Poland is the sixth largest EU member state and one of the most fast-growing economies in the world. Due to its position in Central Europe it provides entrepreneurs decided to invest in it with the opportunity of an easy access to the worlds’ biggest free market area. This means low transportation costs and more facile trading procedures for import and export activities within this area. The United Nations Conference on Trade and Development estimated in a report in 2013 that Poland will become the 4th European most attractive country
In this situation it is understandable that the number of investors turning towards Poland for businesses startups has increased considerably over the last few years. Poland provides them with a wide range of structures to choose from. Also, in case they consider the process of opening a new company in Poland to be too time consuming, foreign investors have to opportunity buy a shelf company that will allow them to start conducting their business immediately.
One of the most common is the Polish Limited Liability Company (Sp.z.o.o.) which requires a minimum share capital of 5,000 PLN and at least one shareholder in order to be established. The founders can be either individuals or legal entities and they liability is limited to the amount of shares they own. A Polish Joint-Stock Company (Spólkaakcyjna) is best suited for large size businesses and the setup process requires a minimum share capital of 100,000 PLN. Another type of partnership specially designed for large businesses is the Polish Limited Joint-Stock Partnership (Spólkakomandytowo-akcyjna) that requires a minimum share capital of 50,000 PLN.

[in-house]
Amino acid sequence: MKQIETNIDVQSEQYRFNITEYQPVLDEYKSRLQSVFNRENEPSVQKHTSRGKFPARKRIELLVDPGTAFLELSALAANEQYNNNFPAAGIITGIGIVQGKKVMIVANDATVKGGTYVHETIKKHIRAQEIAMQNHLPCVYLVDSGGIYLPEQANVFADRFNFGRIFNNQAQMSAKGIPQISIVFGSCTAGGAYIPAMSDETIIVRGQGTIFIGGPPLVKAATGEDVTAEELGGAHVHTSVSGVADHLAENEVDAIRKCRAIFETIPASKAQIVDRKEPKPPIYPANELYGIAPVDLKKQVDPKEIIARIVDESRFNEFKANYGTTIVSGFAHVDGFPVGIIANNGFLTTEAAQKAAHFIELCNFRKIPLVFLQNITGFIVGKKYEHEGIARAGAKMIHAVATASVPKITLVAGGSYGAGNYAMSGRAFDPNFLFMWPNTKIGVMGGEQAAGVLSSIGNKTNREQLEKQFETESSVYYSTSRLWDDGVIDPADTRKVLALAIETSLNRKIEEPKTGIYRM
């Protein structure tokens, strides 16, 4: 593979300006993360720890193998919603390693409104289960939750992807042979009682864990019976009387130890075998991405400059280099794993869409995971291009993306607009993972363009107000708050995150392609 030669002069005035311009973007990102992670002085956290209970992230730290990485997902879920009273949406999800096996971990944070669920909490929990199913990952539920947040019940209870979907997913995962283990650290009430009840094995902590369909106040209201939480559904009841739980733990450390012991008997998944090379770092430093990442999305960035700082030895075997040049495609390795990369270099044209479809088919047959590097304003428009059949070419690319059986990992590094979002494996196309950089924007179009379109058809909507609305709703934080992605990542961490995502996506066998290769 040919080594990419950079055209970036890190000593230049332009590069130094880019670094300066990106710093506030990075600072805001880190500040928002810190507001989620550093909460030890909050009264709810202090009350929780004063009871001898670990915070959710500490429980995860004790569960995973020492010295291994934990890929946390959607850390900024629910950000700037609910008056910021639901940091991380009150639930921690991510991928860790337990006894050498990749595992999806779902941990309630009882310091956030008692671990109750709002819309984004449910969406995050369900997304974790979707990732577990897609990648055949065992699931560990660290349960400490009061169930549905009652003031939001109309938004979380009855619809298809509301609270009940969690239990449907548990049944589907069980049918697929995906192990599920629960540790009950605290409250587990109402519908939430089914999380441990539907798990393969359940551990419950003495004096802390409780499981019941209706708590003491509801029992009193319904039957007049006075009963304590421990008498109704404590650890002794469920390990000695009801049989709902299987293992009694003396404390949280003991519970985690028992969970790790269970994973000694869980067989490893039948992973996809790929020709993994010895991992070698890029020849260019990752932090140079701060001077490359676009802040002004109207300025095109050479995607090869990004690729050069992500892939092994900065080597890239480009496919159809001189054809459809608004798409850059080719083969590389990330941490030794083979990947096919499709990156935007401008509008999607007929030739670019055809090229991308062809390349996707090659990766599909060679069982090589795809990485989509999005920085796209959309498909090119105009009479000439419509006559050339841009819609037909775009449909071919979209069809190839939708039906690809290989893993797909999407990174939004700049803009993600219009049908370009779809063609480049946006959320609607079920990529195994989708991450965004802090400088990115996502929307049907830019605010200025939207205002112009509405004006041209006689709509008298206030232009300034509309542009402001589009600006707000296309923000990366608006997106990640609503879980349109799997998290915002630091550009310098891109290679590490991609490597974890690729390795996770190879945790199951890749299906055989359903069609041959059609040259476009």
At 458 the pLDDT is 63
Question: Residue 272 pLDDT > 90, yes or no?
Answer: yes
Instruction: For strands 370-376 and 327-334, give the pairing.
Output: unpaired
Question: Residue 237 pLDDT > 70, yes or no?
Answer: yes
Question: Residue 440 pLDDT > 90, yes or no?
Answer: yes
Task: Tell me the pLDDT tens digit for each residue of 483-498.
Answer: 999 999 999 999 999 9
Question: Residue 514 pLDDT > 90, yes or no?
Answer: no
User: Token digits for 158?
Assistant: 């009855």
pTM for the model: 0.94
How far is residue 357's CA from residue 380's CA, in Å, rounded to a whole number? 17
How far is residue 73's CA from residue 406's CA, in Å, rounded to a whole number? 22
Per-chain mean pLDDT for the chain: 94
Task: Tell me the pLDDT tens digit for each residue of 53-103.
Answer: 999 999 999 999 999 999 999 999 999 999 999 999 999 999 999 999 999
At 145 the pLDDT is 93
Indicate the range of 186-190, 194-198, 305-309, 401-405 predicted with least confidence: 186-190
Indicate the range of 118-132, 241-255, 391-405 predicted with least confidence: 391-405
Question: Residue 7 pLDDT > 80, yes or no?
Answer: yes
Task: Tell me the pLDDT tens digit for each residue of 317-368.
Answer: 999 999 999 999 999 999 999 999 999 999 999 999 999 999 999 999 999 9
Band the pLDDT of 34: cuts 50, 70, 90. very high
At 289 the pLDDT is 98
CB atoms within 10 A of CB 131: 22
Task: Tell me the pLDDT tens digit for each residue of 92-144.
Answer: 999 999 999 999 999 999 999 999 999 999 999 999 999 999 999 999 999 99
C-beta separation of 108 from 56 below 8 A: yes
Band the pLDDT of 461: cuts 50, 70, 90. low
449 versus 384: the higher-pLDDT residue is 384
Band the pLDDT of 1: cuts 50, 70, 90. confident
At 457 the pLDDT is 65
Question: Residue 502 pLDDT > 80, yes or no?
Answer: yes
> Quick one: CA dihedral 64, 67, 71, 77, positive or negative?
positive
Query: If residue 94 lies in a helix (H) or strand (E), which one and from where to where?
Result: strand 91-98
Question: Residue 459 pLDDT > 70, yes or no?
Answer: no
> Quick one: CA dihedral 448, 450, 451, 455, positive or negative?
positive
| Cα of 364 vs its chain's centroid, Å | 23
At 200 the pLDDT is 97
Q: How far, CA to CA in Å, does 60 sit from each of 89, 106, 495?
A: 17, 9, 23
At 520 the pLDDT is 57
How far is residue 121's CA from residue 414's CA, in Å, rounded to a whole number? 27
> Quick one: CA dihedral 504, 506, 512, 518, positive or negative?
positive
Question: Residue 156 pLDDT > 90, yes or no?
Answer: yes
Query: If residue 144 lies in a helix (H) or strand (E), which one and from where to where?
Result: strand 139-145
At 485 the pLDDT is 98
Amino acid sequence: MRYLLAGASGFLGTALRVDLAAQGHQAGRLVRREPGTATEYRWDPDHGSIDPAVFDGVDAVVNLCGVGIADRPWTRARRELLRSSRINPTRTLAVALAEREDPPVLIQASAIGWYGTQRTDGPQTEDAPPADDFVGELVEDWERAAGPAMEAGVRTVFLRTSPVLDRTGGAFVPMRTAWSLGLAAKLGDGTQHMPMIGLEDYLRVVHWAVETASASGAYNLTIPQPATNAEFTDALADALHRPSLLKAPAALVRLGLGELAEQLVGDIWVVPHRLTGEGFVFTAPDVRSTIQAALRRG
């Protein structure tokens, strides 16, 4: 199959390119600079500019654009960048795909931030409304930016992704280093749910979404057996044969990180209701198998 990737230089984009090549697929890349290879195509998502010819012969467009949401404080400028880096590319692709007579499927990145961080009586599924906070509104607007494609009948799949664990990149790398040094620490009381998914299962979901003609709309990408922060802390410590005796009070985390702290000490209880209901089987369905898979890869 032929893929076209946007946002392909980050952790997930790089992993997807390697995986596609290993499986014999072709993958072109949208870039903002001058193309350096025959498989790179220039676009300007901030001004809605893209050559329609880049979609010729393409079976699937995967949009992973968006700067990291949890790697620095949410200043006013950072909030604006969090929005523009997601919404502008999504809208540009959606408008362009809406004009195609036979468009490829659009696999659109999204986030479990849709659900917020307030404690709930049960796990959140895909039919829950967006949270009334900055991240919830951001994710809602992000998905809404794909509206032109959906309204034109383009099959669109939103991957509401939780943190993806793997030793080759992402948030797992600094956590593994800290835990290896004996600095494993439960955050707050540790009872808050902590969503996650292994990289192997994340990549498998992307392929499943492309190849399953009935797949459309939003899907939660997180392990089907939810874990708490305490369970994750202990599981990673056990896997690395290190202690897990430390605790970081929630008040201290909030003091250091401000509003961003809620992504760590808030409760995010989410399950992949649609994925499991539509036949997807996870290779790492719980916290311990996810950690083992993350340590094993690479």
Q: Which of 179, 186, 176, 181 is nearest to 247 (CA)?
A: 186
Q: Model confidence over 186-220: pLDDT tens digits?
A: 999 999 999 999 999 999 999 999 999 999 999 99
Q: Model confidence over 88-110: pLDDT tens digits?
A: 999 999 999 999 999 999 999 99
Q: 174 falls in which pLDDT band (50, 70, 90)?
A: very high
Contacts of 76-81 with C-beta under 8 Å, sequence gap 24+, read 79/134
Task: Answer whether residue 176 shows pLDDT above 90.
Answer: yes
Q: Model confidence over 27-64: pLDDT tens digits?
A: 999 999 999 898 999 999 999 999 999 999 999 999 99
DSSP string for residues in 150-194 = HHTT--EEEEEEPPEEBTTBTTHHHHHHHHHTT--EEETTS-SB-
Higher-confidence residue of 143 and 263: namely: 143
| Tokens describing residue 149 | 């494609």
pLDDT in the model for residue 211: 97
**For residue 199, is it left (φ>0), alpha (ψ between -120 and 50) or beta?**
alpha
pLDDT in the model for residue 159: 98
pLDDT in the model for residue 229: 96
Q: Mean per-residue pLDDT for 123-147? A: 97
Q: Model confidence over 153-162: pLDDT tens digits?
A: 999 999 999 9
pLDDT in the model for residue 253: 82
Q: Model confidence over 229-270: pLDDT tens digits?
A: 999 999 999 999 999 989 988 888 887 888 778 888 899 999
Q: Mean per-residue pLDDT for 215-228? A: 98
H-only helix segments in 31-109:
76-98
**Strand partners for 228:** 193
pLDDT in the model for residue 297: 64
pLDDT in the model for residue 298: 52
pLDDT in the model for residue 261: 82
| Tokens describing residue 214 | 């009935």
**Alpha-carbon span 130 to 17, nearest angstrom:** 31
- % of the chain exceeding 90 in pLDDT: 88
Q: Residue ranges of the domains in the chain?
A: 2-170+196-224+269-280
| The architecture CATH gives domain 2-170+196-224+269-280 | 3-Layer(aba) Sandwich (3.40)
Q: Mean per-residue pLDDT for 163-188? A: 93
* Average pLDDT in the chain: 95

Poland also offers a variety of partnership types to choose from. The Polish Limited Partnership (Spólkakomandytowa) must be formed by at least two individuals or legal entities. It has minimum one entirely liable partner and at least one limited liability partner. Taxes are paid by each of the individuals or organizational units that form the partnership in Poland.
The Polish Civil Partnership (Spólkacywilna) is a legal form with a relatively simple structure. It is usually chosen by small businesses and it is composed out of minimum two shareholders with common business goals. Although it is easy to set up, entrepreneurs should keep in mind the fact that this type of Polish company has no legal personality and it doesn’t’ require registration with the National Court Registry.
A special type of entity is the Polish Sole proprietorship because it only requires one founder and no minimum capital. There is no legal distinction between the business and the owner, who must be registered for paying taxes in Poland
Premises for the future development of Poland from the investments point of view look bright since the country’s economy is expected growth by 3.5% in 2015 and 3.8% in 2016.